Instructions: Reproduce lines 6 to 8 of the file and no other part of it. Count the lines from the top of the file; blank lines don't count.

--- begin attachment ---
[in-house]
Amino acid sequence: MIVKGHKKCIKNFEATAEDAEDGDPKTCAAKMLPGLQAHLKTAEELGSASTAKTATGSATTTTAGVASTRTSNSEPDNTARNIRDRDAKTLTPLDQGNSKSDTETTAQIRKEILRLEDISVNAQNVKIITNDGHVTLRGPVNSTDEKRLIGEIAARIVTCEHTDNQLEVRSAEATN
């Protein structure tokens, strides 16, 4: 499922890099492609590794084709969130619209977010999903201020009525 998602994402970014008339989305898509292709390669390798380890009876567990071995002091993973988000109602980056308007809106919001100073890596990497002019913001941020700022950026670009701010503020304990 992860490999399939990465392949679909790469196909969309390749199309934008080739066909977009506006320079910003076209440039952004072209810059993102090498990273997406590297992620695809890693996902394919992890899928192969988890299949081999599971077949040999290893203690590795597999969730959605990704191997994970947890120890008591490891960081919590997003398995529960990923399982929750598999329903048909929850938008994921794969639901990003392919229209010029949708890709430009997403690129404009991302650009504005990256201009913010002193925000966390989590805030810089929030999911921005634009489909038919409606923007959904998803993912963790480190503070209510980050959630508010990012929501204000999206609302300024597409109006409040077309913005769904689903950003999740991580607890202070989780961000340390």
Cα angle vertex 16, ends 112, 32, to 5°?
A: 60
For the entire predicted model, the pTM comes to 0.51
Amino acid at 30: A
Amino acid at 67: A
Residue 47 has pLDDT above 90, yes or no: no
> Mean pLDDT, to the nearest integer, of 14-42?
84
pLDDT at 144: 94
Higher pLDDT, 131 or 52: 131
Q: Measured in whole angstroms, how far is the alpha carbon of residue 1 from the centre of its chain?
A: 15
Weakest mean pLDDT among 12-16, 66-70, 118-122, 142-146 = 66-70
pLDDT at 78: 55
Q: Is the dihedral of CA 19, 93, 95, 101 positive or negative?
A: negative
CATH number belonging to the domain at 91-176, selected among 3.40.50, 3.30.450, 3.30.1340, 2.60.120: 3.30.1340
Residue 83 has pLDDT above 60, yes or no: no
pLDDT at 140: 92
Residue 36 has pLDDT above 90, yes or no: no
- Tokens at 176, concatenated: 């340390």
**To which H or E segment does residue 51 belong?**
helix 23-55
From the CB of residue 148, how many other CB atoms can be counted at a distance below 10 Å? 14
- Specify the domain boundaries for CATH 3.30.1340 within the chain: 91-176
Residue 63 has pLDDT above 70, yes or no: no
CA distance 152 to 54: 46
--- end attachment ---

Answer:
For the entire predicted model, the pTM comes to 0.51
Amino acid at 30: A
Amino acid at 67: A